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Uber Patent Could Combat Motion Sickness in Driverless Cars

by Justin Tejada
For people who have never ridden in a self-driving car, it's easy to imagine that the physical sensation is the same as a regular car, minus a human driver.

But that is not the case.

Unlike a train, plane or other forms of passive transportation, self-driving cars don't move in a particularly linear fashion. Riding in the "driver's" seat of an autonomous vehicle as it makes unexpected turns and stops can result in a serious case of motion sickness.

The fact that a passenger freed from keeping his or her eyes on the road will likely look down at the screen of a mobile device instead only compounds the chances of getting carsick. While far from the most serious challenge confronting AV engineers, it is nevertheless an important one since the already difficult task of changing consumer behavior and showing them that autonomous vehicles are a viable form of transportation only becomes harder if those consumers are constantly losing their lunch.

Uber, it seems, has already developed some ideas for how to minimize motion sickness for its autonomous vehicle passengers. A patent application filed by the company on November 2 proposes a series of potential solutions.

"With the advent of autonomous vehicle (AV) technology, rider attention may be focused on alternative activities, such as work, socializing, reading, writing, task-based activities (e.g., organization, bill payments, online shopping, gameplay) and the like," reads the background section of the patent application. "As the AV travels along an inputted route, kinetosis (i.e., motion sickness) can result from the perception of motion by a rider for not corresponding to the rider's vestibular senses."

One proposal is a light system inside the car to alert passengers about the times and locations of the autonomous system's planned turns and brakes. It would be similar to the turn signals and brake lights on the outside of a car that currently allow human drivers to communicate their actions and intentions to others, but would instead be designed for riders inside the very car from whence the signals come. When turns and stops are anticipated, they're far less likely to disrupt a passenger's sense of orientation.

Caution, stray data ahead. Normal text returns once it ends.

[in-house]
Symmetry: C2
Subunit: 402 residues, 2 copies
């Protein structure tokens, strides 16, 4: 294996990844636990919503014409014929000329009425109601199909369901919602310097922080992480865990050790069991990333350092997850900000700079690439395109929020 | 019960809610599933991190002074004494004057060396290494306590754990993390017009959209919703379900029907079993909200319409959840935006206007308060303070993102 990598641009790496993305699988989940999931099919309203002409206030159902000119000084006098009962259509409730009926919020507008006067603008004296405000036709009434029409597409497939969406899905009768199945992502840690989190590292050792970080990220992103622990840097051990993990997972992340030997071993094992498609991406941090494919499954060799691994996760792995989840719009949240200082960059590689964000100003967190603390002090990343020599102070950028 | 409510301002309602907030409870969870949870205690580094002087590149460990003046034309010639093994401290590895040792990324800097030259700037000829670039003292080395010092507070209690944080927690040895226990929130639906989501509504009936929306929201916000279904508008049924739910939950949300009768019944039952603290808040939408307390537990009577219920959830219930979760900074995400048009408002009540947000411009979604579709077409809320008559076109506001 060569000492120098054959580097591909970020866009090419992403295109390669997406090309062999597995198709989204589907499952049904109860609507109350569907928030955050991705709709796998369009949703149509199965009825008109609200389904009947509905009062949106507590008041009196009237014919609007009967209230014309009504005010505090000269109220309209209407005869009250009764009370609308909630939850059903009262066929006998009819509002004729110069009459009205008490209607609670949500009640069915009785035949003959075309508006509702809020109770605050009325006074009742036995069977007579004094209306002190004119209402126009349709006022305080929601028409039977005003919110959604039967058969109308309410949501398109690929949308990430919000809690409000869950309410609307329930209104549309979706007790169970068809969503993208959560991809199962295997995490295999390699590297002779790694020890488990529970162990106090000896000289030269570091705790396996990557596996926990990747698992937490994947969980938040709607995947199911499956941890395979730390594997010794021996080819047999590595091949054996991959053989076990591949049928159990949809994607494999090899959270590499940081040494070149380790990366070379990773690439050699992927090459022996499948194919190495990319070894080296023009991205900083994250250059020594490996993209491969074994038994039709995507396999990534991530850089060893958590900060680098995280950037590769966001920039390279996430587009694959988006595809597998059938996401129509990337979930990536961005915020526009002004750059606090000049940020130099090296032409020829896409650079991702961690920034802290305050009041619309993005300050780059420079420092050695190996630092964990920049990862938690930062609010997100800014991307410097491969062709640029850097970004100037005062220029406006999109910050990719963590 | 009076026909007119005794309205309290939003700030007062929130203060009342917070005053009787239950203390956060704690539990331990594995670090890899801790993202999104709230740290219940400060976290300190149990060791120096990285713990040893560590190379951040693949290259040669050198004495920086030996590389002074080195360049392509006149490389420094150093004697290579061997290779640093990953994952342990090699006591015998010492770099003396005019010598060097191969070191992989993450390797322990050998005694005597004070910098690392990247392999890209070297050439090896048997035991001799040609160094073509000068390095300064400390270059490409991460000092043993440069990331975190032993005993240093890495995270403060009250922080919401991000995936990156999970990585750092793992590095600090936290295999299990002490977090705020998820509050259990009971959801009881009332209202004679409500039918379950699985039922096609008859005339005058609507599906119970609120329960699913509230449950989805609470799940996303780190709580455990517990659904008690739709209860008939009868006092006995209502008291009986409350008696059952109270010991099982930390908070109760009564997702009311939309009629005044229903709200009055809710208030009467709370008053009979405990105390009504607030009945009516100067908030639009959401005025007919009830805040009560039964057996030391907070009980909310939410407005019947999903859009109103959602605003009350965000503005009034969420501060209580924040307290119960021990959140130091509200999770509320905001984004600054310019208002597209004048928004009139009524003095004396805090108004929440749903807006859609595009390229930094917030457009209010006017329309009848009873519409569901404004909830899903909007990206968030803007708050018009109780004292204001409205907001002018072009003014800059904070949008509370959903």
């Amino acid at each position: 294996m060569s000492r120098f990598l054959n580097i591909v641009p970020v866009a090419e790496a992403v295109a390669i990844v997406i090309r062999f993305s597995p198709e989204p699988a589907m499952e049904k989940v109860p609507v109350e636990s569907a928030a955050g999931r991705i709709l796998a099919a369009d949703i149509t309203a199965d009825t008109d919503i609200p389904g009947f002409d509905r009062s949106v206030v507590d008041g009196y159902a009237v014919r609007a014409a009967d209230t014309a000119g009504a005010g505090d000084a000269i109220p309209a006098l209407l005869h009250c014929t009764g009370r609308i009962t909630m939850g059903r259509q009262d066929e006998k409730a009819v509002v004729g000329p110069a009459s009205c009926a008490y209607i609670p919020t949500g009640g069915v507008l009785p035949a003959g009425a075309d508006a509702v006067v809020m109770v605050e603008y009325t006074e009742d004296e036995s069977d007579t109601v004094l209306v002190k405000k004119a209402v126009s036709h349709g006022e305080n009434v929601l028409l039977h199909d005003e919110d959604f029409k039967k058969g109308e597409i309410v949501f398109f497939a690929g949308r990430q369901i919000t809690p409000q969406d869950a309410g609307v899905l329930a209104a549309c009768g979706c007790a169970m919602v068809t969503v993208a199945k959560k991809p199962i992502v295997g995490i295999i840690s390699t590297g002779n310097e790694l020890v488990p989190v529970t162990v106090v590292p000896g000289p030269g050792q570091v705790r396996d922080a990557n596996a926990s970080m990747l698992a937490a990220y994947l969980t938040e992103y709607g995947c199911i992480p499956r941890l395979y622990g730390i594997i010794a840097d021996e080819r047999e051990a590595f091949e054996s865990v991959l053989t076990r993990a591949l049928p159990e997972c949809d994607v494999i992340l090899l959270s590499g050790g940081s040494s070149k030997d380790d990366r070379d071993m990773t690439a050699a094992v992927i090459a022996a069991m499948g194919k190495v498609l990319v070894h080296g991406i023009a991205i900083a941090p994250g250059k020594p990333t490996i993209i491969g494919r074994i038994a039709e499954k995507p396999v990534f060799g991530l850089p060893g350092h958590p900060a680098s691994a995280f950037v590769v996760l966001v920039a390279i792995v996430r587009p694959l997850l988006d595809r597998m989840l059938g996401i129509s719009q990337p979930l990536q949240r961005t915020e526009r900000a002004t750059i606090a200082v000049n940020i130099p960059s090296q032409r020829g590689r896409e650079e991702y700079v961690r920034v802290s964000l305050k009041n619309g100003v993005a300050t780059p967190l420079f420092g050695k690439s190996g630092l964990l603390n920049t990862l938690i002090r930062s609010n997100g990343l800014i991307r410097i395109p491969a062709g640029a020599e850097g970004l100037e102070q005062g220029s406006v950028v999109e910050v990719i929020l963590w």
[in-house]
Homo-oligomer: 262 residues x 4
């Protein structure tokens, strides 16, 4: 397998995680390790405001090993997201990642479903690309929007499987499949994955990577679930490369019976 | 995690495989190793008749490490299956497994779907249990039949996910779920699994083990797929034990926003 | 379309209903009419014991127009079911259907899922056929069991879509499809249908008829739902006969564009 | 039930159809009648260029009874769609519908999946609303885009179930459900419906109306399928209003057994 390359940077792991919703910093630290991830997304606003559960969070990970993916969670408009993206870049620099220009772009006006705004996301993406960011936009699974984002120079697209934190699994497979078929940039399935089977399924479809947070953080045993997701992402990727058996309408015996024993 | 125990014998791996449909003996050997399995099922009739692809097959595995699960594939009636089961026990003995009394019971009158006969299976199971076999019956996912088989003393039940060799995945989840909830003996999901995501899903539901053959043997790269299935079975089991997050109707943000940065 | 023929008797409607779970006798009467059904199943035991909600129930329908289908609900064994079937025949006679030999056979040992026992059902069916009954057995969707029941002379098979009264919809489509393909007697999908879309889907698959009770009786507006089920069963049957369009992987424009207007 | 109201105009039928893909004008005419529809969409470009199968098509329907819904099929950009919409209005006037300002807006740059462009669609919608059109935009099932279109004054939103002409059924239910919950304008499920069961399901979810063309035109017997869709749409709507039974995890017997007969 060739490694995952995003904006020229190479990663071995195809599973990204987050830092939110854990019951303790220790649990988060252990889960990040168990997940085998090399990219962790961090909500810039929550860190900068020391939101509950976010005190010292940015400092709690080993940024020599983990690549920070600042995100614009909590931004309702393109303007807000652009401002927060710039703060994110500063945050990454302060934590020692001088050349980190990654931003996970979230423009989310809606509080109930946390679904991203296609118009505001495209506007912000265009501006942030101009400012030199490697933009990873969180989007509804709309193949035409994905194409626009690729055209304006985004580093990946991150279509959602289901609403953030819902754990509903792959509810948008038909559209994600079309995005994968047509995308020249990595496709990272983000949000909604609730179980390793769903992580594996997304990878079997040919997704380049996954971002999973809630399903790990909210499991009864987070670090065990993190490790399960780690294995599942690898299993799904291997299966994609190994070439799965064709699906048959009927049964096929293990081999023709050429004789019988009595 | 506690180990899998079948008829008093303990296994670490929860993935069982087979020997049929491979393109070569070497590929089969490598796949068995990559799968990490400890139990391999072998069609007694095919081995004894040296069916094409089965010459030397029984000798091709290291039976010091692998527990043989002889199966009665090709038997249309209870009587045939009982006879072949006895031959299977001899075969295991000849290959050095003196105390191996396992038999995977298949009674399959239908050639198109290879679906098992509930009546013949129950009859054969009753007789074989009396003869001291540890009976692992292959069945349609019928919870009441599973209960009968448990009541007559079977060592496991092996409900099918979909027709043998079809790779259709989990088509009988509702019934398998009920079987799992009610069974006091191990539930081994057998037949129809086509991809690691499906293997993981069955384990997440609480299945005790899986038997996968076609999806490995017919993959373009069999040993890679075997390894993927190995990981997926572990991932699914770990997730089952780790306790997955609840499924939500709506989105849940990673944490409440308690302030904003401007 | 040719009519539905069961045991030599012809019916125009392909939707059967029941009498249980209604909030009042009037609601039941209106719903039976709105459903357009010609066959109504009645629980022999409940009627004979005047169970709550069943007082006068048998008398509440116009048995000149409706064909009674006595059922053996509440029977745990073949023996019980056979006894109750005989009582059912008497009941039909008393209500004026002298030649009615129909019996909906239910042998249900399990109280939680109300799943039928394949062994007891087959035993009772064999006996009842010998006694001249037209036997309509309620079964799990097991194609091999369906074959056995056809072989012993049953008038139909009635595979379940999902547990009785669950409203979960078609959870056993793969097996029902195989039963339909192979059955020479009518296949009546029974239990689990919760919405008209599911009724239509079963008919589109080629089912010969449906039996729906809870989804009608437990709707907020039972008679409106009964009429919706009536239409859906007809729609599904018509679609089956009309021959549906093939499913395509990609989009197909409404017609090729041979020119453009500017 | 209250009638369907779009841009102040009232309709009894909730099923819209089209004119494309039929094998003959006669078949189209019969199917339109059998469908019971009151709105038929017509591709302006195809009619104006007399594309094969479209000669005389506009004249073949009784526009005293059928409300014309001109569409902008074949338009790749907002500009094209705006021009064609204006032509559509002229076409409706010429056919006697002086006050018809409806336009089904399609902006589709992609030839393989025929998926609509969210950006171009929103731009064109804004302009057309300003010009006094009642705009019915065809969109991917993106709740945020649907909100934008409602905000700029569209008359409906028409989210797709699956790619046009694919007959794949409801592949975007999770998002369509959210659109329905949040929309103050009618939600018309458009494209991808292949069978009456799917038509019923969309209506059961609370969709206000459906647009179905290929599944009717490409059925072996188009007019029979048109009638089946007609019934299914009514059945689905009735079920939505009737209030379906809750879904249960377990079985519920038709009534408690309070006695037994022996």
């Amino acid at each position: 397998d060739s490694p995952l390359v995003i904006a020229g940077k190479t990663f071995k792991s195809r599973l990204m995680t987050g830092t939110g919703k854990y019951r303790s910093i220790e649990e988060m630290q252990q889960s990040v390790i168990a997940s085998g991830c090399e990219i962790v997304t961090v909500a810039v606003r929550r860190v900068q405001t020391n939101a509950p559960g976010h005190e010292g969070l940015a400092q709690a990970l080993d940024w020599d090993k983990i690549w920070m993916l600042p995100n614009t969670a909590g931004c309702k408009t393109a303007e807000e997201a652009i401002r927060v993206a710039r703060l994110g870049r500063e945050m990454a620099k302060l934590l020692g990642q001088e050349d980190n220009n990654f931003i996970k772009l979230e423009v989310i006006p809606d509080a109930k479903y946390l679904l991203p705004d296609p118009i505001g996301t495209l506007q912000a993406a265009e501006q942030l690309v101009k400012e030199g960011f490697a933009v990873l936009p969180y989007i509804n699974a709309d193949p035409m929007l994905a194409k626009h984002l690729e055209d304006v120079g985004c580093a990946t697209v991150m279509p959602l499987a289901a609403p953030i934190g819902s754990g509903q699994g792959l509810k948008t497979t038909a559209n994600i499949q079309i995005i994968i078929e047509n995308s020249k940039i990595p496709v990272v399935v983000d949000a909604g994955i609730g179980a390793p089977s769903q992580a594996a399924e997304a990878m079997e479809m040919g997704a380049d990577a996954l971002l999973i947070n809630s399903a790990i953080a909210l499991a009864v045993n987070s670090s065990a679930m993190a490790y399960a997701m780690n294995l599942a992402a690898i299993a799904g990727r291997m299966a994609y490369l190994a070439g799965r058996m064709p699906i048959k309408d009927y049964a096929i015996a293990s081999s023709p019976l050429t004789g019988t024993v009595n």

As the patent acknowledges, passengers may very well be engrossed in their own activities.

A rider deep into a novel could easily miss such light signals. So other ideas in the patent application would affect passengers whether they were attentive or not. Seats could subtly twist along with turns, counteracting the movement of the car. Seats could also provide haptic feedback, vibrating during braking to alert the passenger. Also proposed are airflow systems that would soothe riders and stimulate them in a way that distracted their body from the feeling of turns.

As Samuel Gibbs at The Guardian points out, research suggests varying degrees of effectiveness for these methods.

"A recent study published in Experimental Brain Research showed that airflow systems have been effective at reducing motion sickness, although seat vibration showed no improvement in testing," Gibbs writes.

Autonomous vehicles face bigger obstacles on the road to full implementation than the absolute comfort of passengers. But the fact that we've reached a point where this issue is now on the table means that we're closer to our autonomous future than ever before.



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